Like some sort of industrial breezeway, everything in the pick-up area of E Terminal Arrivals suggests speed, motion, no stopping, no parking, get in and get out, flashing lights, hurry up. I turn on my blinker and pull alongside the cones, put the car illicitly in park, and reach for my phone, texting, “I’m here.” A wash of excitement pours through me, anticipation of her presence, her touch, her smile. Suddenly someone is right outside my driver’s side window and I turn my expectant smile toward them. But it’s not her, it’s a petite woman in an azure top and gaudy white necklace, face twisted up with rage, neck veins bulging, screaming, “…holding up a whole line of cars! You can’t park here!” Her spit flecks my window. She is gesturing wildly at the cars behind me, and I wonder why they didn’t go around me since there is plenty of room to my left and my blinker is on. As if on cue, she turns to them and screams, “Just go around her, she’s ignorant!” I feel bad for her, embarrassing herself by screaming at strangers in public. She had a long day, a bad flight, has a bad relationship with whoever is coming to pick her up, stuck in the line of cars that was here before I arrived and will be here after I leave. Then it creeps in, the rage, blossoms from the base of my spine up through my organs and into my throat.
Shooting Stars by Elizabeth Kate Switaj
—Can it wait until morning?
Emily was shaking Mark’s foot.
—It’s 1 am. The Leonids will peak in an hour.
Two cups of coffee later, they headed for the woods. Mark kept a hand on his wife’s shoulder because she had banned flashlights so their eyes could better adjust to the dark. When they reached the meadow, they lay down side-by-side with her head on his chest.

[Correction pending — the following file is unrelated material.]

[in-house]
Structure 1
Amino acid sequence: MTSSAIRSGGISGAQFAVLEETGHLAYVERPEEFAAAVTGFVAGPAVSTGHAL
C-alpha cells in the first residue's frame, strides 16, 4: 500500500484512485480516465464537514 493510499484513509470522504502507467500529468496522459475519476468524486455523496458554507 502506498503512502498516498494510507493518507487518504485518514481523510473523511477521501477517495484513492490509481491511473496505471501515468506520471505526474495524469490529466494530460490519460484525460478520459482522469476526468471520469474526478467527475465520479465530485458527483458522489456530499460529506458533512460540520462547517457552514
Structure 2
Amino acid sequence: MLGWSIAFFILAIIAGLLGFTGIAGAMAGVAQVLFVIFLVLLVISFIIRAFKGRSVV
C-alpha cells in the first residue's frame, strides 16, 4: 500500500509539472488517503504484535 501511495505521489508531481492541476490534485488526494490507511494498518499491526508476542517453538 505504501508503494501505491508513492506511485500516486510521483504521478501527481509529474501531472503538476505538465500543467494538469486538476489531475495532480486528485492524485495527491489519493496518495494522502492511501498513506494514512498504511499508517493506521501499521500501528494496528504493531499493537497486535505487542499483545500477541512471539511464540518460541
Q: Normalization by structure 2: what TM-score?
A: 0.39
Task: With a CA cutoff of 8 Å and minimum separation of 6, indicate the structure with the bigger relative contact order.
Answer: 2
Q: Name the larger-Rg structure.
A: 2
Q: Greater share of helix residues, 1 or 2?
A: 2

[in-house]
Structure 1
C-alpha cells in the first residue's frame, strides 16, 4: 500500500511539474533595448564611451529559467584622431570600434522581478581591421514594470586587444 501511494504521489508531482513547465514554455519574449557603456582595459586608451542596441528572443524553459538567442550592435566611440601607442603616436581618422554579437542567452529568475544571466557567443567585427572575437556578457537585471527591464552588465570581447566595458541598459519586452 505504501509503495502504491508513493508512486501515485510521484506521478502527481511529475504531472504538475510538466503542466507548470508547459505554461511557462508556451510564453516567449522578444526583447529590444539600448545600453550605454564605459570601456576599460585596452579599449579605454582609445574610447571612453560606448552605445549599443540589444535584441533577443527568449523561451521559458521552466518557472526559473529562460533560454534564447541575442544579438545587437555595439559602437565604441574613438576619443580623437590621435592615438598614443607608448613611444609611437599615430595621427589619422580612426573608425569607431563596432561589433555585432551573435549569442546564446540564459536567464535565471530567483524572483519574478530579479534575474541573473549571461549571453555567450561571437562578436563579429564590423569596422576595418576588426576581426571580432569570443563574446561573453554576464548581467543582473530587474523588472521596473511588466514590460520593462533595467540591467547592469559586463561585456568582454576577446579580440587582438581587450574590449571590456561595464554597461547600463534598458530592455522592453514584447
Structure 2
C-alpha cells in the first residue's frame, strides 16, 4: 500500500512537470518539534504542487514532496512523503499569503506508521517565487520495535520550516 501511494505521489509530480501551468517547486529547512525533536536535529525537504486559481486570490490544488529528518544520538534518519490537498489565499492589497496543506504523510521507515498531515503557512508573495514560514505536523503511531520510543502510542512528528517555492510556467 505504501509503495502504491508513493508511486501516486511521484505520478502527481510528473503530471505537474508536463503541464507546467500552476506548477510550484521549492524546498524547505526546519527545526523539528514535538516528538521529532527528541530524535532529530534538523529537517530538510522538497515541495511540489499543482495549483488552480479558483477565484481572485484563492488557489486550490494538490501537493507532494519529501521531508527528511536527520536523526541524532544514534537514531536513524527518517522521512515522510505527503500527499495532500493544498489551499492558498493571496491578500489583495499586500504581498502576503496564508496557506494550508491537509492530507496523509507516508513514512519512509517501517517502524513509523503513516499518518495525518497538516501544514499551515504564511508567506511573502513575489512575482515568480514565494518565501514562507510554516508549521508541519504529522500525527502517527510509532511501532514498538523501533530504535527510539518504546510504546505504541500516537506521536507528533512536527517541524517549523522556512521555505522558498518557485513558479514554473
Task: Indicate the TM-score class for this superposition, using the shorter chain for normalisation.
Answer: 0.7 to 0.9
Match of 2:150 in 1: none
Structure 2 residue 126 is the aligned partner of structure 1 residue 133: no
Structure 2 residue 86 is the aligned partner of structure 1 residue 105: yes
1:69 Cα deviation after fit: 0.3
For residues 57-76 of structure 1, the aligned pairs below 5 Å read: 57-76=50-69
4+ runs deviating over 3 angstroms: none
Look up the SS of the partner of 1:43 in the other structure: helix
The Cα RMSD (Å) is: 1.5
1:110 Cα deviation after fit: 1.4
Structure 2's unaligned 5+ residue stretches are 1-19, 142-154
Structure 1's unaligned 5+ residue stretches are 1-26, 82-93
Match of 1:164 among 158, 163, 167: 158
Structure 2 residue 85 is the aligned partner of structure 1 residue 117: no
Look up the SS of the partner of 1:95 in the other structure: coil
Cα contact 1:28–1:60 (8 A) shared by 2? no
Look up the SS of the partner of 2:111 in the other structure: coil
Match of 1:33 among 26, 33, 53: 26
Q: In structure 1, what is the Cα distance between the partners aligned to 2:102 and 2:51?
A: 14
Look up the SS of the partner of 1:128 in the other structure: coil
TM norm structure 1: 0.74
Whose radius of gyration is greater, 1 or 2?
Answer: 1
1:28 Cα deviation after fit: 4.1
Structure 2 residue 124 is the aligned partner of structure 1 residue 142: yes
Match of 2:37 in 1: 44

Several meteors had streaked through the sky when Mark told her he was going to stop hunting.
—Because it bothers you that you’re turned on by it. I’ve heard you throwing up in the morning.
—That’s not the reason . . . I went to the clinic today. I’m pregnant.
Mark wrapped his arms around her. —I thought that might be it. I also don’t think you’d be so . . . aggressive if you didn’t need to think you were punishing me in some way.
Emily laughed. —You know me too well, but what difference will it make if you stop? I’ll still be imagining . . . and you’ll still eat meat.
—I’ll stop that too, but on two conditions. One: we name the kid after one of my parents. Two: you never stop fucking me the way you’ve been.
—Deal. Hey, did you see that? I don’t think I’ve ever seen a meteor that bright.
—Yeah. I can’t wait to be a dad.
Can’t Wait by Linda Simoni-Wastila
I can’t wait till I’ve saved enough money from this goddamn gig slinging tacos at the Tastee-Kone and can pay off my old man for the Chrysler cuz then I am so out of this numbfuck place, this tired valley full of dumbshit farmers and their almond trees, and me and Mariah will drive up the coast, past pussy Big Sur and Russian River and disappear into the woods, maybe Oregon, hell, who knows, just like all the hippies did thirty years ago, and she’ll grow organic shiitakes and reishi on moldy logs and I’ll farm sensi from the killer weed seeds hidden in the origami crane, the one the Japanese woman on the corner gave to me two years ago in the Haight when I was high as a fucking kite, my right eye bashed in because The Dude said I owed him money, but I needed to score, and this tiny Jap, lady really, though all her stuff was in plastic bags, was selling these folded-paper creatures on the corner, a buck each, and I looked at the money stashed in the cup between her knees, my hand fisted and spit gushed in my mouth just thinking of the baggie, but she looked up at me, her white-streaked hair tied into a tight little — what do you call it, a chignon? – and anyway, she looked up at me and handed me this crane and said, “I will pray for you.”
I can’t wait by Barbara-Lucy Hosken
I’m in England now and I’m on my way to see my Aunt. She is
Ninety-eight and going strong in spite of having cancer